This leads right to the next lesson…
#5. We often resist out of fear – we don’t like struggle or change
We hate to change the way we do things…ruts are comfortable and struggle is hard work, and the outcome is most always in question. Jacob named the place Peniel…survivor.
Nobody relishes the kind of struggle Jacob faced; we prefer the warm, fuzzy womb of our complacency. But God is not content to let us rest in ruts – his plan for us is abundant life; they don’t sell that in bargain basements…life is all about struggle:
· Have you noticed that a baby has a rough ride down the birth canal?
· And have you noticed that baby taking his first steps? Falling down is the next thing he experiences!
· Have you noticed how hard geometry and calculus are?
· Have you noticed that ceremonies and honeymoons only last a little while, and then she actually expects you to take out the garbage?
Life is about struggle – and God offers us life. You cannot have one without the other.
And now, for the good news…
#6. If you choose Godly character, the struggle will probably leave you with a limp where he knocks your legs of pride out from under you.
Uh…pastor, did you say good news?
Exactly! Often the test comes just when we’ve got our lives neatly arranged. The job is going better, and you’ve gotten used to that mortgage payment. Your child stopped throwing a tantrum at bedtime every night.
And then, wham! The car breaks down, your dog bites the mailman, and you get sued for looking at somebody the wrong way. On top of it all you’re gaining weight for no apparent reason.
Life just isn’t fair!
And then, the pastor preaches a message on being called to ministry – and you’re actually sensing that God is asking you what YOUR name is. What timing! Suddenly, everything that was so settled is now a real bother; you were running the race…and now you’re limping.
But, perhaps it’s not quite that simple? What if it’s that you found out your husband’s having an affair? How about the doctor telling you it’s Leukemia? What if your daughter was murdered? Now, that is cause for a limp, is it not? What if it’s September 11th? You know….9/11. What if it was your husband in the North Tower?
It was that way for Susan Retik and Patti Quigley. They were widowed by the attacks of 9/11. They had a struggle; their existence was plagued with limping along in grief. Do you know what they did? They formed a non-profit organization called Beyond the 11th[ii].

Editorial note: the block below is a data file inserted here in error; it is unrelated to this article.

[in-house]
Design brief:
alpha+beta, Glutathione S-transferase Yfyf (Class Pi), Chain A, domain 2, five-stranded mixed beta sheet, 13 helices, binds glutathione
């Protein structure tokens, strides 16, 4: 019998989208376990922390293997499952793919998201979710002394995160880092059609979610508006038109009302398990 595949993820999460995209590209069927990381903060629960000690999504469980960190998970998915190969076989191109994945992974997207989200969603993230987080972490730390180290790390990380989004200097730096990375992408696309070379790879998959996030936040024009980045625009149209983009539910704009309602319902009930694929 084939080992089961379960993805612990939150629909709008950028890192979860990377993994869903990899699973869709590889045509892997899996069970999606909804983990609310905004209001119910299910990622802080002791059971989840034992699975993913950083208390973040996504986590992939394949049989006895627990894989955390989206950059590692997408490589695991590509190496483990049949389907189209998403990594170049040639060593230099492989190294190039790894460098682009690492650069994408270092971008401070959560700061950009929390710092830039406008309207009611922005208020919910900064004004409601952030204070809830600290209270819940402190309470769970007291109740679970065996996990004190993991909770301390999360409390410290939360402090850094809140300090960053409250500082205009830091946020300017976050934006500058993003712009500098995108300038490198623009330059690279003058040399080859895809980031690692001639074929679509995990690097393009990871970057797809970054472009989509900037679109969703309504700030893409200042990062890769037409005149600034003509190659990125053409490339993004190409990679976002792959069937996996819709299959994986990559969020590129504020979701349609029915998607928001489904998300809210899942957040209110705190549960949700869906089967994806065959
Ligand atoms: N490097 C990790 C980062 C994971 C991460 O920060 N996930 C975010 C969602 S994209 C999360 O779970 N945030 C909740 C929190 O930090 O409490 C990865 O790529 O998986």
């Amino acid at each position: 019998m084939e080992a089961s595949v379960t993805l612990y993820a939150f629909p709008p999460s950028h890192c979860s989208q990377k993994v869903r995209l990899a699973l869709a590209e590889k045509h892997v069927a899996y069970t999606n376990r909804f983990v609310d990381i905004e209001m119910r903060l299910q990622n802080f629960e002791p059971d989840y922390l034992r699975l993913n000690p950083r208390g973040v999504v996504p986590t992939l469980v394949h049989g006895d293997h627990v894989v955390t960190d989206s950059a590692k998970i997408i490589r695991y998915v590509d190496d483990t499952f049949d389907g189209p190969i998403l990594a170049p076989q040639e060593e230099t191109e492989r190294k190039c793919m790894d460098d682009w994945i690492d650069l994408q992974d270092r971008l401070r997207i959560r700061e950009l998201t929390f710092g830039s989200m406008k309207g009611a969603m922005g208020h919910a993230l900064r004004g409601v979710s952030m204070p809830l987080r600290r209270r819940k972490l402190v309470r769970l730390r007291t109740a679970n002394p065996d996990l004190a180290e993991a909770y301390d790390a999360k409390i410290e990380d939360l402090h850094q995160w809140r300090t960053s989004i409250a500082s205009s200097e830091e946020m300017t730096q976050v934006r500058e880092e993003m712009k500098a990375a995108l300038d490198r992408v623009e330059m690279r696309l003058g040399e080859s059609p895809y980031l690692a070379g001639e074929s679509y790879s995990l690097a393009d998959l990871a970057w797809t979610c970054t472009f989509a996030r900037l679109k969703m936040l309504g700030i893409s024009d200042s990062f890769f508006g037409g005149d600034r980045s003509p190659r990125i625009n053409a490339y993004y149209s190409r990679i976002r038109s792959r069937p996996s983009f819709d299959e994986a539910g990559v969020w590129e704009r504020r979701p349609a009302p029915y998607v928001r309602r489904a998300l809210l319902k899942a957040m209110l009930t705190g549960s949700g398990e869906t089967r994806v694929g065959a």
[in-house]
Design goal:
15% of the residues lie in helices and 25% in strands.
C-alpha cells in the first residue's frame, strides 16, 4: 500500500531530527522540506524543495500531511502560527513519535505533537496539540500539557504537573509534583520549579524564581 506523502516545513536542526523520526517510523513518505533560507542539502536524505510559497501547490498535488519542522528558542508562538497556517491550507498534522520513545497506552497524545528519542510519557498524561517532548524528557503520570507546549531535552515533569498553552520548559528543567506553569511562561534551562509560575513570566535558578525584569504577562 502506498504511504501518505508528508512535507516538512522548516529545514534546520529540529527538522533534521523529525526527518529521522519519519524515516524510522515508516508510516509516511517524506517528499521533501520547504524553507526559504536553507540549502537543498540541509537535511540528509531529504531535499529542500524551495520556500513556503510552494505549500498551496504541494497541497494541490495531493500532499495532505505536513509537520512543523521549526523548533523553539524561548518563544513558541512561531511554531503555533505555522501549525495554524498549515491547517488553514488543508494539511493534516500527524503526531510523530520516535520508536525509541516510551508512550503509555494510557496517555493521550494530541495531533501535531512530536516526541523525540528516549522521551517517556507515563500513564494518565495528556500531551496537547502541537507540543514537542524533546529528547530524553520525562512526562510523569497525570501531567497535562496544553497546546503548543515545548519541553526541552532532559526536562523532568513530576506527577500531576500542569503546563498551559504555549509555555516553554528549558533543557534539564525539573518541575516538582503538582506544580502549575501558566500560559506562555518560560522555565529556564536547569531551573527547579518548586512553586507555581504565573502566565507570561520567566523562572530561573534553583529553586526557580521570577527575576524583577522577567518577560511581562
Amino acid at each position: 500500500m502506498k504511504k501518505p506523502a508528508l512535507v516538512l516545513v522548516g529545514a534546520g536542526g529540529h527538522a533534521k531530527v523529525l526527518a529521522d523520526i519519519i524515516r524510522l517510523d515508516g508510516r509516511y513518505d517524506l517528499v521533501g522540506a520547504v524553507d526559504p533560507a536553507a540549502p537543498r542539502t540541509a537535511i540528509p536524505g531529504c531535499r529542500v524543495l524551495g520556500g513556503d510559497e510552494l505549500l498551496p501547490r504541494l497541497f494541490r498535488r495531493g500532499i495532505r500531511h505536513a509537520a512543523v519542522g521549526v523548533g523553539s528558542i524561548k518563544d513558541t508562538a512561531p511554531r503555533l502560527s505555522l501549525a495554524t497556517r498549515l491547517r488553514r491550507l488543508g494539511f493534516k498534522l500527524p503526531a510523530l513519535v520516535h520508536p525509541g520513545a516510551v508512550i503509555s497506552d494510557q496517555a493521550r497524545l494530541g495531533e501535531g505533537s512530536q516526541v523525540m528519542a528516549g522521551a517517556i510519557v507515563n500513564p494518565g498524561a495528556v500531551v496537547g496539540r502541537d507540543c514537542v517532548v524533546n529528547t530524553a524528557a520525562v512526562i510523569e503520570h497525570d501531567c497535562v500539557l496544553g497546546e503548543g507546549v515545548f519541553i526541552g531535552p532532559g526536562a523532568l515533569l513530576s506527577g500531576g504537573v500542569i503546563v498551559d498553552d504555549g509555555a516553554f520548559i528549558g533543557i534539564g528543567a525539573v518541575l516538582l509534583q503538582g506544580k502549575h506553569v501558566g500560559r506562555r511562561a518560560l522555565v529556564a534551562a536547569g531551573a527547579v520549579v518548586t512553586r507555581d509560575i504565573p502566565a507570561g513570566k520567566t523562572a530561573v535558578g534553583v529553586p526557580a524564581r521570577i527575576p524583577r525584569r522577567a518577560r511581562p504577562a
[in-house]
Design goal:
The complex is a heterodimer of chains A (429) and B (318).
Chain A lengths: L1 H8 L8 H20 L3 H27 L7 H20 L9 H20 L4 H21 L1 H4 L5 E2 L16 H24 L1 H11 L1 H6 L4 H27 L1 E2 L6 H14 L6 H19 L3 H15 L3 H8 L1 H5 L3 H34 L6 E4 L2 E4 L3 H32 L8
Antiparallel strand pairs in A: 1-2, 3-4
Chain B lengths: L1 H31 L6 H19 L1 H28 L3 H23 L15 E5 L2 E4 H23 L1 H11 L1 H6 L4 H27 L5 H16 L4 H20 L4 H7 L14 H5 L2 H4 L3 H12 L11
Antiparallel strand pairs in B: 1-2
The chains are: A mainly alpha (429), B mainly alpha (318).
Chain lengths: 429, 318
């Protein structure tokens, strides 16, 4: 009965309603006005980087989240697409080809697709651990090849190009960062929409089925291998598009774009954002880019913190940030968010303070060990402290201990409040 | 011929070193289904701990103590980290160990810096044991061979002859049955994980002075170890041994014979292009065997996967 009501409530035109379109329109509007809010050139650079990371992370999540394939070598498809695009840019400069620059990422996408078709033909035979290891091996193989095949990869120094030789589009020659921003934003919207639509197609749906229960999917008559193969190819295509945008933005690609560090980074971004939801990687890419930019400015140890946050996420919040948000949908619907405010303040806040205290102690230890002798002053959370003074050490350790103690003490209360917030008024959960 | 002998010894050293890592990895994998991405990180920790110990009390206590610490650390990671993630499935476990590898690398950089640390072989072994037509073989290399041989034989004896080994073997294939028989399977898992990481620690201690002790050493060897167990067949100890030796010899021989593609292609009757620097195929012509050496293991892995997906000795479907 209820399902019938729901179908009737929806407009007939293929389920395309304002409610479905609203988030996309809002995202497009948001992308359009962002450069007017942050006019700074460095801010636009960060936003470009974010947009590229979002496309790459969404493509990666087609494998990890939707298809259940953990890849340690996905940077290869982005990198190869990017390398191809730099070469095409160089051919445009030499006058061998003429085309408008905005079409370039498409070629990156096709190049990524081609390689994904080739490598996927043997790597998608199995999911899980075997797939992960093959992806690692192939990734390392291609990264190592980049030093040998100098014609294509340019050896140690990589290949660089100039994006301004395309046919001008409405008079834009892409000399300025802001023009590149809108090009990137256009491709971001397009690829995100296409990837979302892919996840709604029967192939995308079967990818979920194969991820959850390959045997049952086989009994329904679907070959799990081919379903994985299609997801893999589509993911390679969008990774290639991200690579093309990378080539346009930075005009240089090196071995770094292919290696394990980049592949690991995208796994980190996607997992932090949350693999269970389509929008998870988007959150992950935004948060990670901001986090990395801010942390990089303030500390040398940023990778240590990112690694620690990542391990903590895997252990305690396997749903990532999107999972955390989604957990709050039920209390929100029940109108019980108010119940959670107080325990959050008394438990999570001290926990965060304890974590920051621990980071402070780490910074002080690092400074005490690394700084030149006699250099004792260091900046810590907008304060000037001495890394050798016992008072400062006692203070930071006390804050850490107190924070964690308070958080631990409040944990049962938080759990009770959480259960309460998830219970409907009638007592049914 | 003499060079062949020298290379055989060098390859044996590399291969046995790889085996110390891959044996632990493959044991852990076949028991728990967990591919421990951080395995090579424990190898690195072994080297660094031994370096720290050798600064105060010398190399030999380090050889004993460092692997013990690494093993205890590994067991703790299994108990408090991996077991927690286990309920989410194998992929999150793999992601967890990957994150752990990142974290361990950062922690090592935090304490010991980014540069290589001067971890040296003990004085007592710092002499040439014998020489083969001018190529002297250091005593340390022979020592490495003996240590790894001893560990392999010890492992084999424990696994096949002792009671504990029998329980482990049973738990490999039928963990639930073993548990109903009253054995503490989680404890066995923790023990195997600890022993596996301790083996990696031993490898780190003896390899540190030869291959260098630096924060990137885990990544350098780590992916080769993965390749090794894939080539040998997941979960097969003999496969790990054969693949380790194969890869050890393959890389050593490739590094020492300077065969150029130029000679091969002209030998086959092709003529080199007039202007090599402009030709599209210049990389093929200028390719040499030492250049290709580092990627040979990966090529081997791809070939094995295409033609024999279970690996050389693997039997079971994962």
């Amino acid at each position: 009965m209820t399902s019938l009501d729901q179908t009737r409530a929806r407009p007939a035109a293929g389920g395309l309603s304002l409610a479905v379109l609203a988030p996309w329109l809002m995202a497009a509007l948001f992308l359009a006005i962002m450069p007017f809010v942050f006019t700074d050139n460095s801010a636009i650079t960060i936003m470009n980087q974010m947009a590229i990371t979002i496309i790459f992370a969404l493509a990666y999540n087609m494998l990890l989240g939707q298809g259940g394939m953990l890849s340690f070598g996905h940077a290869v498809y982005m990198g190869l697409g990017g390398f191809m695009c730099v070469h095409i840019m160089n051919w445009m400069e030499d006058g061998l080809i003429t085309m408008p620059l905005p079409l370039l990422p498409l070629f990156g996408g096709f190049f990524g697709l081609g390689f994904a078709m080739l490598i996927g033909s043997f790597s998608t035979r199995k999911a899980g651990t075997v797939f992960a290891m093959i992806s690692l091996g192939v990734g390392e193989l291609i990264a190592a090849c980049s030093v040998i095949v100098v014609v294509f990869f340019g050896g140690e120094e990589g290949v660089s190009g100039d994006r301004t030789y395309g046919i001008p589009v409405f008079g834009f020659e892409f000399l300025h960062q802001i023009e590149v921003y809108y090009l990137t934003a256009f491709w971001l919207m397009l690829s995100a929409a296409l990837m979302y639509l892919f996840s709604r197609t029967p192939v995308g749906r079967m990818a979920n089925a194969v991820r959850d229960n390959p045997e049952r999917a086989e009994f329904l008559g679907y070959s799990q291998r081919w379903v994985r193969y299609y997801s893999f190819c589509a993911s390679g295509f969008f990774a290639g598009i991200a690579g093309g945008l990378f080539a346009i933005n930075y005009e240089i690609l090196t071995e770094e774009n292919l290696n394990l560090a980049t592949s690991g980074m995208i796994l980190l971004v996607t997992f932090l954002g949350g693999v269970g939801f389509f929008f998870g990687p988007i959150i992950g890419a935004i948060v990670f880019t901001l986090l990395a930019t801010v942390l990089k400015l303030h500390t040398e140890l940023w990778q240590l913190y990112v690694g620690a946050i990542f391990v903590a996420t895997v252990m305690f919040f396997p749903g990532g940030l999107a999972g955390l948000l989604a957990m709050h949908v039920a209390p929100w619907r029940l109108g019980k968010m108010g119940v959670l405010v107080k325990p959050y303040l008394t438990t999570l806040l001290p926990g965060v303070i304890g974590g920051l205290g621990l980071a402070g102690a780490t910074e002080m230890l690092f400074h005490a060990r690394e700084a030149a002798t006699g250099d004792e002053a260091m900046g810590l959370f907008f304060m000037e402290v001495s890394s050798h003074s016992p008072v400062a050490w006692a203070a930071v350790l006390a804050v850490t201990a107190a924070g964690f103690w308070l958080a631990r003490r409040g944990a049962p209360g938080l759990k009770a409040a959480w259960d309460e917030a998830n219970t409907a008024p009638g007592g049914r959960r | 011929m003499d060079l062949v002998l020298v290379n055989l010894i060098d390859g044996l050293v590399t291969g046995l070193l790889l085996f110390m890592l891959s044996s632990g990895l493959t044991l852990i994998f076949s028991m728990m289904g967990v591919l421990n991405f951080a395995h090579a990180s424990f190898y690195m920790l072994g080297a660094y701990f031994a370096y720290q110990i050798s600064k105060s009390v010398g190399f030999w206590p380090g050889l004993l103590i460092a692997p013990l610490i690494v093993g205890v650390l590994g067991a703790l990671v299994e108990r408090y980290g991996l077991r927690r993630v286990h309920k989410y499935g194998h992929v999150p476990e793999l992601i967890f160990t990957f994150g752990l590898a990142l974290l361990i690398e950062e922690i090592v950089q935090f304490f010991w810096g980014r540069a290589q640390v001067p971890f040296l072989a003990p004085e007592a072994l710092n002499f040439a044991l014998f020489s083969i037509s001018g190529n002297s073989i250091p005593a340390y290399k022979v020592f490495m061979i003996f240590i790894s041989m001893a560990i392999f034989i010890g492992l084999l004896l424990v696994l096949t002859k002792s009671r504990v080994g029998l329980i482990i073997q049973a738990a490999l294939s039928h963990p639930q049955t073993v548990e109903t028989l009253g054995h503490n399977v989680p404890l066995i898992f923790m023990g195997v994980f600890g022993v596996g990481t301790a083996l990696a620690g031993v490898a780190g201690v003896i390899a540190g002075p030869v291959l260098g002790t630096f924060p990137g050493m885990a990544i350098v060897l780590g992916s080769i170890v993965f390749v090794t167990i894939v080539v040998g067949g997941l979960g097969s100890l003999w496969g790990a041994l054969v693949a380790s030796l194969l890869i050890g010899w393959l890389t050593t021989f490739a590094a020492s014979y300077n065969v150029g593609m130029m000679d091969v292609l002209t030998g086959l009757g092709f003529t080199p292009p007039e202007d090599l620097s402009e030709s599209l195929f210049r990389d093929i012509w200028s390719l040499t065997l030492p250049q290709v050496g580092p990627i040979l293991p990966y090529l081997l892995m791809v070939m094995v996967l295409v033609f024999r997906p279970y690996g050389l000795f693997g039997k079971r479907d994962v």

Do you know what they do? They help Afghan widows grow past their poverty by starting businesses – Afghans! They began to support a women’s center where carpets are woven for export and it has a literacy center with a bakery.[iii] They decided if they’ve got this limp, they’re going to do something Godly with it!
Choosing Godly character means limping, because it’s not an easy ride, but you will be changed. Like Jacob, God will give you a new identity and a new mission. Jacob became Israel, the struggler. Jacob’s twelve children became the heads of the twelve tribes of Israel.
If you played for Vince Lombardi you bought into winning is everything. Fitting-in with the American success story is what the Apostle Paul called being conformed to this world[iv]. It’s letting this world squeeze you into its mold so that you look, act, and breathe success for yourself. It means you’ve chosen cash over character, career over character, and comfort over character.
That’s how Jacob spent the first half of his life – me, mine, and right now! Then he wrestled; he wouldn’t let go – he said, Kill me or bless me; I am in your hands. So he chose character over life itself, and his surrender to God was complete. Jacob chose character – and he was transformed into Israel. He gave up his winning and gained everything.
I choose that also…call me deeply defeated…and transformed, pressing-on for the prize that will make me limp like Jacob – a person of Christ-like character!
[iii] Nicholas D. Kristof, New York Times, September 8, 2010 (quoted in Christian Century 10/5/10, p.8)
[iv] Romans 12:2